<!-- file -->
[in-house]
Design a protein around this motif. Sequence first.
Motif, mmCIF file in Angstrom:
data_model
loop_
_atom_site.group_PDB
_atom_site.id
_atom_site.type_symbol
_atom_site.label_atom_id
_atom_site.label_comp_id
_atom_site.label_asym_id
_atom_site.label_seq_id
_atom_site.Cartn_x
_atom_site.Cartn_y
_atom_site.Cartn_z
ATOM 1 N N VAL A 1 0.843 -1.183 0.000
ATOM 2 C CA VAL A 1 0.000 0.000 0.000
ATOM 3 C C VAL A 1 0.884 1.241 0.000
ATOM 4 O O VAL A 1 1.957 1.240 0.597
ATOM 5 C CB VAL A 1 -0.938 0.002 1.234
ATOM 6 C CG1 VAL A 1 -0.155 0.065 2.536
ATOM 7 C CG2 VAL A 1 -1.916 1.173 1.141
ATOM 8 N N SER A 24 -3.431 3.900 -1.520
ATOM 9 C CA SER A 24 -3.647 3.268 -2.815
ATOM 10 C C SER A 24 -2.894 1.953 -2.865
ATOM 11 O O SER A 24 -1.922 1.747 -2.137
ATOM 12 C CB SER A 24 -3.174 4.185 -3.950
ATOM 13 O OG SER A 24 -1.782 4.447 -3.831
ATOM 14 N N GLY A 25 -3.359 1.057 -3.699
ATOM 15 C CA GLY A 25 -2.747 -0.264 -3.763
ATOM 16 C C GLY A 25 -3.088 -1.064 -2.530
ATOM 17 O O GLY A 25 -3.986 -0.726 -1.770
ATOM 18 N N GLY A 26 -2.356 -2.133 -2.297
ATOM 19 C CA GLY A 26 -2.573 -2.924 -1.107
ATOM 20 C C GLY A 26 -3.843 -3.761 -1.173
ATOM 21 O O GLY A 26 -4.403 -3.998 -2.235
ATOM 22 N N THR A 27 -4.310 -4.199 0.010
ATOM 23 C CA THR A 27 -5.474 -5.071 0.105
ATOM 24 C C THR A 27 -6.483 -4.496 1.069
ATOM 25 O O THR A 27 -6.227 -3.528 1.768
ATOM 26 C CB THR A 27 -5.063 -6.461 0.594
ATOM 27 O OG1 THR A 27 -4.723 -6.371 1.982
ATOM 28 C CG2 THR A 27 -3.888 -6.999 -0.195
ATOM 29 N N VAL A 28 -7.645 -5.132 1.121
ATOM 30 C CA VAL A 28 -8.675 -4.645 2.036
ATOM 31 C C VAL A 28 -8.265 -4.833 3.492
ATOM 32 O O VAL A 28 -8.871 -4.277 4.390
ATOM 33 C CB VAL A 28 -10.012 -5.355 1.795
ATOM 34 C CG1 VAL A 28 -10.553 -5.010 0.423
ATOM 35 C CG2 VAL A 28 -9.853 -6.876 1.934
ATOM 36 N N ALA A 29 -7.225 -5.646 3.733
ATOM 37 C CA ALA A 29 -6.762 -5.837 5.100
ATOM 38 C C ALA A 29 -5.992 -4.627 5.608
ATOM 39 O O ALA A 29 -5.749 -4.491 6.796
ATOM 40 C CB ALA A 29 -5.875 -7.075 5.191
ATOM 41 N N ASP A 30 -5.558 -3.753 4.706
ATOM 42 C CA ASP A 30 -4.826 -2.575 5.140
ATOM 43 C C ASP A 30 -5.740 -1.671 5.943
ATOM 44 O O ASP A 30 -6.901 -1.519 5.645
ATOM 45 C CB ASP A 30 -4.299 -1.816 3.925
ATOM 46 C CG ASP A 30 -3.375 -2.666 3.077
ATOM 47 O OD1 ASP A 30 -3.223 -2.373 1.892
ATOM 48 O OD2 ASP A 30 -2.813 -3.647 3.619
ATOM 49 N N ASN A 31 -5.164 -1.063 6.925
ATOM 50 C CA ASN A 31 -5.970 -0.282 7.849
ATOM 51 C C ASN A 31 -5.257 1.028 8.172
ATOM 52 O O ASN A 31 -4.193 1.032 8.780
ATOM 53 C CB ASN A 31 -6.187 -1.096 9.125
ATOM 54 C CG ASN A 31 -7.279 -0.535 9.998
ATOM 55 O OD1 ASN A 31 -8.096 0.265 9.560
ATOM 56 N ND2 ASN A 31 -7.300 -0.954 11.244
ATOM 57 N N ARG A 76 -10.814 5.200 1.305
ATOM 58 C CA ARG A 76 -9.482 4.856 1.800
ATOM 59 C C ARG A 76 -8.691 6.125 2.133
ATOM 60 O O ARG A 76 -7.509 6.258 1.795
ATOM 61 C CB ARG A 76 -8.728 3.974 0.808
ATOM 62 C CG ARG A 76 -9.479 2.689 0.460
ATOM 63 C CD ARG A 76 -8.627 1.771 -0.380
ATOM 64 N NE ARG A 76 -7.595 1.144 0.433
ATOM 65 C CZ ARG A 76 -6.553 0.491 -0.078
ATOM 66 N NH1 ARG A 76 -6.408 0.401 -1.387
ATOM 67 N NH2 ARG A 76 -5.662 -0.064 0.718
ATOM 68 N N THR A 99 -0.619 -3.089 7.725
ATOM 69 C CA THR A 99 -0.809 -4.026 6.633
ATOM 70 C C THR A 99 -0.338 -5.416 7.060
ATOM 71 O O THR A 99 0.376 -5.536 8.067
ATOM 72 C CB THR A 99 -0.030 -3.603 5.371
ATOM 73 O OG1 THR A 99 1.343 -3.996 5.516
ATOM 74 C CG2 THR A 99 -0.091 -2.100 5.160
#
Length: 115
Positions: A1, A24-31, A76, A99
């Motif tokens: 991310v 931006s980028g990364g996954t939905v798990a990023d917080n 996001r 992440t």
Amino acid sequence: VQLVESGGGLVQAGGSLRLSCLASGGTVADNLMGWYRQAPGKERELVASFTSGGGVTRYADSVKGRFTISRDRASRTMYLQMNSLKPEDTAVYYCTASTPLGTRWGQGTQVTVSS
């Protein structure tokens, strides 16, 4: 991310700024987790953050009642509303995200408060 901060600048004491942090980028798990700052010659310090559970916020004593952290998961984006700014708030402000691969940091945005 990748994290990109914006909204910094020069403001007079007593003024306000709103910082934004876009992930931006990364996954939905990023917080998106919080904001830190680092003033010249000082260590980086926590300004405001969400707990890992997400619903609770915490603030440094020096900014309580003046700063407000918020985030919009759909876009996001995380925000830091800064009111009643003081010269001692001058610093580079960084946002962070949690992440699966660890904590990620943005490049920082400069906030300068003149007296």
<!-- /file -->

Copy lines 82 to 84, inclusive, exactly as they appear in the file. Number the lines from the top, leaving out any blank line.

ATOM 67 N NH2 ARG A 76 -5.662 -0.064 0.718
ATOM 68 N N THR A 99 -0.619 -3.089 7.725
ATOM 69 C CA THR A 99 -0.809 -4.026 6.633